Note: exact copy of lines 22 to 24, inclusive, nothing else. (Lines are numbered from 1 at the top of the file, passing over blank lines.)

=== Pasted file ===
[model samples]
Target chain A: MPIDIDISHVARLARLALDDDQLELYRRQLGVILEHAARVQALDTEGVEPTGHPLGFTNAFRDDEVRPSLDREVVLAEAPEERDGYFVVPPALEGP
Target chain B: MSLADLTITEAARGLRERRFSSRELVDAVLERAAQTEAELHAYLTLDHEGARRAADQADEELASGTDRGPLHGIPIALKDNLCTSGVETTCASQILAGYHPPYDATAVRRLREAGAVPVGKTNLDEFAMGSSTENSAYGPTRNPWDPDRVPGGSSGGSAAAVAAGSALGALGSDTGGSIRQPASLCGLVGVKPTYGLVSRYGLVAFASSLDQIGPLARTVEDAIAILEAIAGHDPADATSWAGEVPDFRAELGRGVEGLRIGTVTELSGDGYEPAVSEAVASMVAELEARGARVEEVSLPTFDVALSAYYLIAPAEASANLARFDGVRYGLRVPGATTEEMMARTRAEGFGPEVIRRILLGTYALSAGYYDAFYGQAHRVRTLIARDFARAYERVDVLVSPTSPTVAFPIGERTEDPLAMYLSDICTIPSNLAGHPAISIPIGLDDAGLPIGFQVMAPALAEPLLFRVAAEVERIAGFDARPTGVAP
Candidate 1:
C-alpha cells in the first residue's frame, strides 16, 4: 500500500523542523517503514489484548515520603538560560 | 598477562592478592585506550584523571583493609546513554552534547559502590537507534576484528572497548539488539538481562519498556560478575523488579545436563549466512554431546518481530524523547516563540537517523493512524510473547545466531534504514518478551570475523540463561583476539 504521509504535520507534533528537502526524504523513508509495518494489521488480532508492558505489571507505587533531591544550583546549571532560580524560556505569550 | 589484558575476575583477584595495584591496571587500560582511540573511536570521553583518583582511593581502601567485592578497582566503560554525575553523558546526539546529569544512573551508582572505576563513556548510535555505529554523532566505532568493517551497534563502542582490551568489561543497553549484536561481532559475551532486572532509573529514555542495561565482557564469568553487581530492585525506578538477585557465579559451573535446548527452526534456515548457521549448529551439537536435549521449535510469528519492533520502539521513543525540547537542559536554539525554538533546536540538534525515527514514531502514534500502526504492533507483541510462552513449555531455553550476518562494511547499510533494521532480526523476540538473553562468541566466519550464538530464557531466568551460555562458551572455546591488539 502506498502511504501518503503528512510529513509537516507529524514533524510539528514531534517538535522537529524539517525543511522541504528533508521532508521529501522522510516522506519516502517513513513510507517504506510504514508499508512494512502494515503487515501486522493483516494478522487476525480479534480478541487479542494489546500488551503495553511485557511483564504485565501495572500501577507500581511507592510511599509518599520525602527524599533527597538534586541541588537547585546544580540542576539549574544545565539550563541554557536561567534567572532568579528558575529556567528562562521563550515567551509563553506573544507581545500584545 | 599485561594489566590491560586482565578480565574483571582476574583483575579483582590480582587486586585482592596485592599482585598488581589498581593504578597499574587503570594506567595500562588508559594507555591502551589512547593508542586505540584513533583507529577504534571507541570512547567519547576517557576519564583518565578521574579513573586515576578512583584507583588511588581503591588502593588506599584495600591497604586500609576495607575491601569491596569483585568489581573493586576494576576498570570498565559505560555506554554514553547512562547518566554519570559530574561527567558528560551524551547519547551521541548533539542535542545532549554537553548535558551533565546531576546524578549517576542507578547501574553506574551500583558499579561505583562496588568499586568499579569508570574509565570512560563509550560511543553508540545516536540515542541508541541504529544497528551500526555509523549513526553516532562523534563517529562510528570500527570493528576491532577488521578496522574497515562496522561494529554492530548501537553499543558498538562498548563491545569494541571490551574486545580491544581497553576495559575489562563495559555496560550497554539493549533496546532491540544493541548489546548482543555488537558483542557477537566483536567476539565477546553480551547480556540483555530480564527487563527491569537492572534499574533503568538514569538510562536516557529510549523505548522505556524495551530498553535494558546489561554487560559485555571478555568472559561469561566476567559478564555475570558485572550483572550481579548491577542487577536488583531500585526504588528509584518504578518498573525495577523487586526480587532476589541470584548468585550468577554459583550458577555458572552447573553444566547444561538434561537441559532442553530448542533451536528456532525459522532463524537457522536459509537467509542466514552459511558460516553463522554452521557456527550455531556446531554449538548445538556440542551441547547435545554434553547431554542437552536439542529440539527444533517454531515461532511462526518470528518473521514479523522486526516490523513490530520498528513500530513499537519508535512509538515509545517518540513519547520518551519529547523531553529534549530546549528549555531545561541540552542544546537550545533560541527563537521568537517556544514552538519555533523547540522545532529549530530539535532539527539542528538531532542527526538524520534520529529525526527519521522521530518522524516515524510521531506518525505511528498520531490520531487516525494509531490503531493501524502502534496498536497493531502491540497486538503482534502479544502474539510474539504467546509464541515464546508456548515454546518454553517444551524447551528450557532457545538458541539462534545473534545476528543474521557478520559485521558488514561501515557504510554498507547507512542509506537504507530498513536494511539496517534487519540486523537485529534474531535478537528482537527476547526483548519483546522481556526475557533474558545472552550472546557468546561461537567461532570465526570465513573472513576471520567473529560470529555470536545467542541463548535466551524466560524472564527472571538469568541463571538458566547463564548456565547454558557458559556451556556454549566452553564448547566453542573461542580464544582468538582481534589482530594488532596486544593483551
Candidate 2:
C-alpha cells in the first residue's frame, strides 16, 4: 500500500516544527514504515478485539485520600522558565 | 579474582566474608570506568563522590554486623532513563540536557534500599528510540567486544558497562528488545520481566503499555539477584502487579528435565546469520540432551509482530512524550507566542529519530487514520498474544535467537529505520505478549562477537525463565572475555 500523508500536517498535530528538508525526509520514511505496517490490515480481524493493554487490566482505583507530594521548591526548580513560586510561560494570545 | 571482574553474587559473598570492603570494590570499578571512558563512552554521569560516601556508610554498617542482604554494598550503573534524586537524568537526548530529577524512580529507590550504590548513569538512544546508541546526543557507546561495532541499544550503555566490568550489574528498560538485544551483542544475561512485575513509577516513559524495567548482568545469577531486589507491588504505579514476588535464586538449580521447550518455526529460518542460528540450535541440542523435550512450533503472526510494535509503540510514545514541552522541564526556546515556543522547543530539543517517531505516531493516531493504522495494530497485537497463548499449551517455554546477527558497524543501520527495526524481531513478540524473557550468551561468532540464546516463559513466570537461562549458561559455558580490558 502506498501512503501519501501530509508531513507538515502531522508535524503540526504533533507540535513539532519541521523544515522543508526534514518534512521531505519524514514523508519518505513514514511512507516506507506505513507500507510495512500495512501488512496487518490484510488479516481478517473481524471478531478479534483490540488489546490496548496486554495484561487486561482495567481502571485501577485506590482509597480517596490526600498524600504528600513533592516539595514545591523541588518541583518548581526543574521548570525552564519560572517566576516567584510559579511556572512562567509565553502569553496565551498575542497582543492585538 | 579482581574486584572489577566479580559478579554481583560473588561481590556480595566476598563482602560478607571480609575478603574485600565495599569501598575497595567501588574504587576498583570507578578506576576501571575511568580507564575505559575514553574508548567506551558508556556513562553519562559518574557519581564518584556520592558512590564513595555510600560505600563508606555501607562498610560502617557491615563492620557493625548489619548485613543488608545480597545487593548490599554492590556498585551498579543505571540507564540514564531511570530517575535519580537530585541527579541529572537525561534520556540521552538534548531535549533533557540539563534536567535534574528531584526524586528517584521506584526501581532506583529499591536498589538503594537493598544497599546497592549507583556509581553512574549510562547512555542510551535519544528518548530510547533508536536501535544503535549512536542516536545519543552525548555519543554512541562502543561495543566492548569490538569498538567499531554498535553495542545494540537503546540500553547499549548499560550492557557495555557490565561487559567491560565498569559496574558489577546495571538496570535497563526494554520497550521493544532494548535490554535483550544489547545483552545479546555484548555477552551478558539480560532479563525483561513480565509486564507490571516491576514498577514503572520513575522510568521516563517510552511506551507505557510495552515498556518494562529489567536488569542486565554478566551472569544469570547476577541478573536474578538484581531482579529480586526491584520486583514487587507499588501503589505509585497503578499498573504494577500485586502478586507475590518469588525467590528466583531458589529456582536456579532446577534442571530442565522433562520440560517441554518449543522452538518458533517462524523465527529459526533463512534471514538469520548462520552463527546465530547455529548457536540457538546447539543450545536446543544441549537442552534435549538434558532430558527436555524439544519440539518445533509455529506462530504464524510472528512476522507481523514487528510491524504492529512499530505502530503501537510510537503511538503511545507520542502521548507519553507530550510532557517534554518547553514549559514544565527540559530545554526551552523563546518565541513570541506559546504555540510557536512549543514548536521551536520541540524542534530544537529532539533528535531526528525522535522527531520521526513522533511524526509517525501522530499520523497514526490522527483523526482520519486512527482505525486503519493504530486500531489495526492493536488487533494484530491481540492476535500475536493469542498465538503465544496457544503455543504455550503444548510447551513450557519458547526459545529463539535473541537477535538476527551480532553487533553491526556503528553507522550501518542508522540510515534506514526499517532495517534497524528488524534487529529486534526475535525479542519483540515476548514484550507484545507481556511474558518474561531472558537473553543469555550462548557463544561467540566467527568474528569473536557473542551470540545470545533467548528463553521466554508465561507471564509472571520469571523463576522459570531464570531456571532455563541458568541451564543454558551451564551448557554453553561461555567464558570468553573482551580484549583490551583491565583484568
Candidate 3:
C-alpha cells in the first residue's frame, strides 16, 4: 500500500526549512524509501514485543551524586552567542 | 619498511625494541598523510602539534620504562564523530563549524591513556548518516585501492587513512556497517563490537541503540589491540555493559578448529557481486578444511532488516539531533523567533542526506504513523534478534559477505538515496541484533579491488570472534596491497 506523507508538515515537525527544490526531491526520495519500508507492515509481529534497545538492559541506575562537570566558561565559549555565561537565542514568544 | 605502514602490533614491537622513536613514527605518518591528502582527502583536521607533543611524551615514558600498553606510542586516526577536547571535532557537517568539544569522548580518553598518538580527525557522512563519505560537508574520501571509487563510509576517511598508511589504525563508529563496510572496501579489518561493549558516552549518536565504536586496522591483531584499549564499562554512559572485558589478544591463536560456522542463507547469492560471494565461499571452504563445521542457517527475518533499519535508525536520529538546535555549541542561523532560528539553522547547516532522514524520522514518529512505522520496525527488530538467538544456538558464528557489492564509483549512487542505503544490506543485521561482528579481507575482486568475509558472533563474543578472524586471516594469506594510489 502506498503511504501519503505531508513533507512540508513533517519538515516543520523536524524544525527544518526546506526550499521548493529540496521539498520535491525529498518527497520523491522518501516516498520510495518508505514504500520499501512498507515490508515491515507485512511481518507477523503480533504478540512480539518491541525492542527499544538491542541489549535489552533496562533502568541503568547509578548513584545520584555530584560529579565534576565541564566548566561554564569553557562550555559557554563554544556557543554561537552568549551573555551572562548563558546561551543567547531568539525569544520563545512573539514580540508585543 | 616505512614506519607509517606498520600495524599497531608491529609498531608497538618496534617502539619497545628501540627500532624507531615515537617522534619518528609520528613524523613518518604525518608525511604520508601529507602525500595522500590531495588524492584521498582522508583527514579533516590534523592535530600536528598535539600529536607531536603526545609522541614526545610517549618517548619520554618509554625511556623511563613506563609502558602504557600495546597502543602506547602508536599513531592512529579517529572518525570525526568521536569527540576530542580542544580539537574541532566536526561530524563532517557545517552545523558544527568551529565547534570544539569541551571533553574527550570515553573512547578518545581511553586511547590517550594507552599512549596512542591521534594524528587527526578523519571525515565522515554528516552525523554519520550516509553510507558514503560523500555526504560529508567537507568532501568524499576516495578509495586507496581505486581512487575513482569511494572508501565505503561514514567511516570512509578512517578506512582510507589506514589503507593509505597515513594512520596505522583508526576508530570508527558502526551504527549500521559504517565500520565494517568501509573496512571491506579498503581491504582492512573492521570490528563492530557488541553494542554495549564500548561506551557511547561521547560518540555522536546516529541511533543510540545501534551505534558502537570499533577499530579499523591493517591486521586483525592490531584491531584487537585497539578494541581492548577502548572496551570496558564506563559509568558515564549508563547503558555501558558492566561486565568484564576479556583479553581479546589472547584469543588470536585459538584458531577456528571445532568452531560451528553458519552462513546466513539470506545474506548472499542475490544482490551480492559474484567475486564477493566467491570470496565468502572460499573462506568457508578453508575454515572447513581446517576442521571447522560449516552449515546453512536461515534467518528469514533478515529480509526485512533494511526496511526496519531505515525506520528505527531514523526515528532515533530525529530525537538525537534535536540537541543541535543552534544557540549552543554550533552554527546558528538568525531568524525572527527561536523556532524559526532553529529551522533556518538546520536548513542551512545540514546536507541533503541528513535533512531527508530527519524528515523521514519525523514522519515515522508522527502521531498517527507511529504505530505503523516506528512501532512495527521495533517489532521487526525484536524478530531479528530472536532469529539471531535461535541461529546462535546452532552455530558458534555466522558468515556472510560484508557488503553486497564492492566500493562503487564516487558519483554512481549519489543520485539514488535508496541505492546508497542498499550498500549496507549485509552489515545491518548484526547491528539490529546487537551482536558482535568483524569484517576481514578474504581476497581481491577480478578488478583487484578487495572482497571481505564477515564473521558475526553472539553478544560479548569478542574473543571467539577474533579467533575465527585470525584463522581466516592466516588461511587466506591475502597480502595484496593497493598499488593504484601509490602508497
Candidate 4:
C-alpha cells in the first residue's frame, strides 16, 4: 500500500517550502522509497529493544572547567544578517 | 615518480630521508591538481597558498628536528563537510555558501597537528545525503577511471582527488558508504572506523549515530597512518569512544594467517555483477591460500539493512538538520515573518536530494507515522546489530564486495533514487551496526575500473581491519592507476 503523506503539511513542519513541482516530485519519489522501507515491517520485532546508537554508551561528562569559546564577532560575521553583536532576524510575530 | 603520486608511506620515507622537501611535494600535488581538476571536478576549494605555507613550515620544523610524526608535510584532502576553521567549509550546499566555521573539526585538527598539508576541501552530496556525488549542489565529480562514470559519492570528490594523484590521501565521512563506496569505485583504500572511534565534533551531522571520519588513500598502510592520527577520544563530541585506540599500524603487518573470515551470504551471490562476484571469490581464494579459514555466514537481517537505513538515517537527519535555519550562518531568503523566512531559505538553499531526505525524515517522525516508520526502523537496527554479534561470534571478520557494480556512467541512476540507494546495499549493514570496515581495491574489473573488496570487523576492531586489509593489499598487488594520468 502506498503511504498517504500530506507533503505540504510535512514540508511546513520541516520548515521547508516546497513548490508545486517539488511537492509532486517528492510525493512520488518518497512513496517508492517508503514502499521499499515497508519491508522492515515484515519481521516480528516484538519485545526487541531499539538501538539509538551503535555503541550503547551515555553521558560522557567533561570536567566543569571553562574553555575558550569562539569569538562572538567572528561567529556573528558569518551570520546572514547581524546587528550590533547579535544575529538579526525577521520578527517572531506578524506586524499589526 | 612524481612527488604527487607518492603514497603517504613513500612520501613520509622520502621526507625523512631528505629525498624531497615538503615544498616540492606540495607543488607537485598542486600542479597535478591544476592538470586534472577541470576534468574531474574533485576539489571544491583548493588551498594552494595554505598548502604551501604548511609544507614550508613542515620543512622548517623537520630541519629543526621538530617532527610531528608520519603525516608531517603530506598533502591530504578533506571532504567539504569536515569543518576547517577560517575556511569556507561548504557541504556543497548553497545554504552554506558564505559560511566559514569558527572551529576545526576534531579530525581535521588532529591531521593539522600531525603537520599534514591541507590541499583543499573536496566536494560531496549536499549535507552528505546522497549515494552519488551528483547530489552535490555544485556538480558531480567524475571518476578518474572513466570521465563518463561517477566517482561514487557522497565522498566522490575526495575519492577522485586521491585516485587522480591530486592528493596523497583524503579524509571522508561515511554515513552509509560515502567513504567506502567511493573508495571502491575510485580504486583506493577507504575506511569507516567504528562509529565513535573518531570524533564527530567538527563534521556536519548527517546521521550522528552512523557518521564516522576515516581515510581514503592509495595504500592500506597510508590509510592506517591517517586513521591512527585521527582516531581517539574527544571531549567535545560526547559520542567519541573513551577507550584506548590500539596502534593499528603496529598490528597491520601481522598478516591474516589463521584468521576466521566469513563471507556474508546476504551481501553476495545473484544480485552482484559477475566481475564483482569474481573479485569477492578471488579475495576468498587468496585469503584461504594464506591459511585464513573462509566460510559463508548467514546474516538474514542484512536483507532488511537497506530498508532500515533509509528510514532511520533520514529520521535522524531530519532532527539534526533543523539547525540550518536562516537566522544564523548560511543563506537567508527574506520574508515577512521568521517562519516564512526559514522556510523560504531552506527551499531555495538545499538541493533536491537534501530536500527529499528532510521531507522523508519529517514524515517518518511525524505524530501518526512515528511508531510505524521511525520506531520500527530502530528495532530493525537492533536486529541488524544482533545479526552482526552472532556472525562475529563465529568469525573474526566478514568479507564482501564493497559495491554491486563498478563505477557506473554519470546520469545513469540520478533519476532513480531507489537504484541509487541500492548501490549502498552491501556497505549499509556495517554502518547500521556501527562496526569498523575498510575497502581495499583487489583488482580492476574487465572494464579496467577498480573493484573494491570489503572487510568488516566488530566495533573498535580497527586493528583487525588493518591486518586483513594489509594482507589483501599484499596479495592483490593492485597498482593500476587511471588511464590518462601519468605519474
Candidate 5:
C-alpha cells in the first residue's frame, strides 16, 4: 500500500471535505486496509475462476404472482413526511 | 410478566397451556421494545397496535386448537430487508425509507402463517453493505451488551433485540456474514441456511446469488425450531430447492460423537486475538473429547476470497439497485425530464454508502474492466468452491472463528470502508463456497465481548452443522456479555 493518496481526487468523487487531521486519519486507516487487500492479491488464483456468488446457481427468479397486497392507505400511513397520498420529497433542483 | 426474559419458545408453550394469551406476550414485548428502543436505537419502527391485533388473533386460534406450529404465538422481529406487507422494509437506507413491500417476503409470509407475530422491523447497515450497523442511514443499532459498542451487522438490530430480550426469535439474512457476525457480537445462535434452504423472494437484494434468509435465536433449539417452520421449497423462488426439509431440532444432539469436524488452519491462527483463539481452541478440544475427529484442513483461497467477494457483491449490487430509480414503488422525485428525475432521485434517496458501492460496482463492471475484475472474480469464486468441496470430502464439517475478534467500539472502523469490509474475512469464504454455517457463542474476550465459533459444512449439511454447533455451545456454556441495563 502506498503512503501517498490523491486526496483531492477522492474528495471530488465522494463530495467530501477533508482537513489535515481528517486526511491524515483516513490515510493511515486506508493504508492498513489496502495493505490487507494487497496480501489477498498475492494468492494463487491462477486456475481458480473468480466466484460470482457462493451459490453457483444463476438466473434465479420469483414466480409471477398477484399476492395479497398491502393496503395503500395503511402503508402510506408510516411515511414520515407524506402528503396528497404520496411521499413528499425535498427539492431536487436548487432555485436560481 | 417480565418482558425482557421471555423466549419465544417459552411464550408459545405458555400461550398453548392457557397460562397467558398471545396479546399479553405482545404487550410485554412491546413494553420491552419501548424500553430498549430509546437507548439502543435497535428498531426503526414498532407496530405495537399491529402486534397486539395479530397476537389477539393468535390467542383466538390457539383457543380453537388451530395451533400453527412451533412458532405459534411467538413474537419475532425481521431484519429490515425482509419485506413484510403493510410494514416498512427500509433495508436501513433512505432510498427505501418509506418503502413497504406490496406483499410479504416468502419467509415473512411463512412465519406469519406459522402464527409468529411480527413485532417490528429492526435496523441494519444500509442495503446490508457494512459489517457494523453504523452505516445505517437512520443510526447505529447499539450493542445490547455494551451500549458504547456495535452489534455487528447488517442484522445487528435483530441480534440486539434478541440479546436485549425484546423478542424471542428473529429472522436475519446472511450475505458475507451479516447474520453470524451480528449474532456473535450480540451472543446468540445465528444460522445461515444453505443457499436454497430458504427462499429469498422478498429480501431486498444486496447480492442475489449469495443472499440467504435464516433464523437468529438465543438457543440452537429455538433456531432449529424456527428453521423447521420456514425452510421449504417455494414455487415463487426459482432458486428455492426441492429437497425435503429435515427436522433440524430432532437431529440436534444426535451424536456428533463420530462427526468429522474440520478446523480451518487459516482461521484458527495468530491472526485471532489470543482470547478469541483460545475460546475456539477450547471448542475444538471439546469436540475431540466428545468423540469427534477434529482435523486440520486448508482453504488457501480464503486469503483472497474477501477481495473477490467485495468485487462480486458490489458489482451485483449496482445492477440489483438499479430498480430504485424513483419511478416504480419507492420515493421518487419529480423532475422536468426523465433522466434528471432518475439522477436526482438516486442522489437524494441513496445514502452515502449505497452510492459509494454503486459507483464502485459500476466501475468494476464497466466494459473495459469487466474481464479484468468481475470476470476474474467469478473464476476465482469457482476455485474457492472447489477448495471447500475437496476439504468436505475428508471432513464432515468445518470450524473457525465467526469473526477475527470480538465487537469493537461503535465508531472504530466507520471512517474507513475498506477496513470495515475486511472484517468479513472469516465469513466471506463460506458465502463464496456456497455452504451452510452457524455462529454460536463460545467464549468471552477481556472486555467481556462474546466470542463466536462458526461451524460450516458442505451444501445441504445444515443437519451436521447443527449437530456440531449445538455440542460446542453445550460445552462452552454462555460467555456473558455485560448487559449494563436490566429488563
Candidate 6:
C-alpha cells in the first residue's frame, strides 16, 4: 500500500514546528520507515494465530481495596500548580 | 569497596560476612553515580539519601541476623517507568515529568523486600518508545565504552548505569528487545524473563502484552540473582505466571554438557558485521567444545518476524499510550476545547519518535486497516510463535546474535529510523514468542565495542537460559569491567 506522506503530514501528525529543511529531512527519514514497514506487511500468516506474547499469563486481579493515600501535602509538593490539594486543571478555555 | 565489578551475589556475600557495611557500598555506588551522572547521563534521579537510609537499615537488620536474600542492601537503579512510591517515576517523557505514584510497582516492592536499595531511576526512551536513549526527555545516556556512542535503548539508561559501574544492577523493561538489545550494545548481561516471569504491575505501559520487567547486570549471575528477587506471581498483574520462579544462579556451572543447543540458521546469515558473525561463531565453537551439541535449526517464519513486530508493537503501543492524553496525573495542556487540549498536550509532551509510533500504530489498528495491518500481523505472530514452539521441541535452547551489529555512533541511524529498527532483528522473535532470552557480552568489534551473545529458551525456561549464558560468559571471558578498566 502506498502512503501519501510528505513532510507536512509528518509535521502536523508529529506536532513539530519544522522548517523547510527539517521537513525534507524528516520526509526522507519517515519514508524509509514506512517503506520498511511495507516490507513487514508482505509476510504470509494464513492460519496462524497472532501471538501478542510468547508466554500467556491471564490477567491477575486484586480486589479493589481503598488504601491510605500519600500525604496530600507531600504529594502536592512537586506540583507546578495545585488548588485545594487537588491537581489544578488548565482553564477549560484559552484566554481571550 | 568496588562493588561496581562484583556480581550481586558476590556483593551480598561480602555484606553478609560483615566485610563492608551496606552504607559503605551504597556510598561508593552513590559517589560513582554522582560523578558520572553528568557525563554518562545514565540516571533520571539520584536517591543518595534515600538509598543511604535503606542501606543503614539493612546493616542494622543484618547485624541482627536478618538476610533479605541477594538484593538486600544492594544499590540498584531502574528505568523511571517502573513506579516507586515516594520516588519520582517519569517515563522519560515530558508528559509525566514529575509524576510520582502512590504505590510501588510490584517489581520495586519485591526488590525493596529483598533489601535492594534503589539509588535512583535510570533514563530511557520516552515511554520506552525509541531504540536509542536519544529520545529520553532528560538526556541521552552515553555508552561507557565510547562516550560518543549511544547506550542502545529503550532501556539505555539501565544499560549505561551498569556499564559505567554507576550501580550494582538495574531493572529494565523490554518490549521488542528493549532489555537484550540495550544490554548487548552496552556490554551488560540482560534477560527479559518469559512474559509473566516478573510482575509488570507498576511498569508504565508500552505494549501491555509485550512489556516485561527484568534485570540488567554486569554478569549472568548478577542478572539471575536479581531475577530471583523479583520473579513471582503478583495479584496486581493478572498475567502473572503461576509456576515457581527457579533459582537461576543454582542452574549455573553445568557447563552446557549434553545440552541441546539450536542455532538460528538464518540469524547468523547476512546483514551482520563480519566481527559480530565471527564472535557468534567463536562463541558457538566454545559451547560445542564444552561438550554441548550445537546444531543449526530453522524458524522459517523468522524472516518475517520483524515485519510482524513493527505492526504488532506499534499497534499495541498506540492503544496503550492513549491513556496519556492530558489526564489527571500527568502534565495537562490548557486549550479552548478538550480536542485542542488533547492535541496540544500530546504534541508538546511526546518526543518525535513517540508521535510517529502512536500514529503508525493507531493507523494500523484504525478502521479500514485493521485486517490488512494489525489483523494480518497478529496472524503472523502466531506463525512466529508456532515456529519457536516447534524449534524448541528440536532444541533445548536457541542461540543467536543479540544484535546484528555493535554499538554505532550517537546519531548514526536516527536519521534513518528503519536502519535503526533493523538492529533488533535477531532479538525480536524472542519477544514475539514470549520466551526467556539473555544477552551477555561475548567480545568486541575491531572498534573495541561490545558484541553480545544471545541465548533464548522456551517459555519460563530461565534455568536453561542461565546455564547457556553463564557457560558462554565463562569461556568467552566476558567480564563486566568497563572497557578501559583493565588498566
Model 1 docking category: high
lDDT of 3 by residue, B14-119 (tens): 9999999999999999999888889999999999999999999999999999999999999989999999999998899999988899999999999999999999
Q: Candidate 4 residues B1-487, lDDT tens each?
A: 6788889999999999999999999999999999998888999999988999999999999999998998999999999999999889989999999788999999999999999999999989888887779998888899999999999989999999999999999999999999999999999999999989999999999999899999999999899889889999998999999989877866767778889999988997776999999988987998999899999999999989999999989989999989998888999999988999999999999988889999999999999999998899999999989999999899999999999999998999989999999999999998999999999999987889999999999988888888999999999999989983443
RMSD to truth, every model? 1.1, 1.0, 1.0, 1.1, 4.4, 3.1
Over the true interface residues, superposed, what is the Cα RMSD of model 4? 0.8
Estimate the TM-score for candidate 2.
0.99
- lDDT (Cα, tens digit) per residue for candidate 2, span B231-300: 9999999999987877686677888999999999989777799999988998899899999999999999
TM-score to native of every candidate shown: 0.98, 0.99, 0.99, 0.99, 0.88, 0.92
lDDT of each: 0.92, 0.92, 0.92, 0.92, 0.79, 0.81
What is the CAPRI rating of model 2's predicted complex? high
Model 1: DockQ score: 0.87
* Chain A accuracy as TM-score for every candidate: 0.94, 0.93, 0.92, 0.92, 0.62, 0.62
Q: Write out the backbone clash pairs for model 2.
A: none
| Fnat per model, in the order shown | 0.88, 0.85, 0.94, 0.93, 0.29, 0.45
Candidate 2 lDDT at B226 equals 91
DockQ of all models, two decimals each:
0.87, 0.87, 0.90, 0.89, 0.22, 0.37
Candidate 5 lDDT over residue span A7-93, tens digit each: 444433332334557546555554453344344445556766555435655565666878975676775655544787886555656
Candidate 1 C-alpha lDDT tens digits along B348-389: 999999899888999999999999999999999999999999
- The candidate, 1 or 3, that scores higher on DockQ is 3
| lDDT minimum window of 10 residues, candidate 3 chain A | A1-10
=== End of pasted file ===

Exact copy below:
Estimate the TM-score for candidate 2.
0.99
- lDDT (Cα, tens digit) per residue for candidate 2, span B231-300: 9999999999987877686677888999999999989777799999988998899899999999999999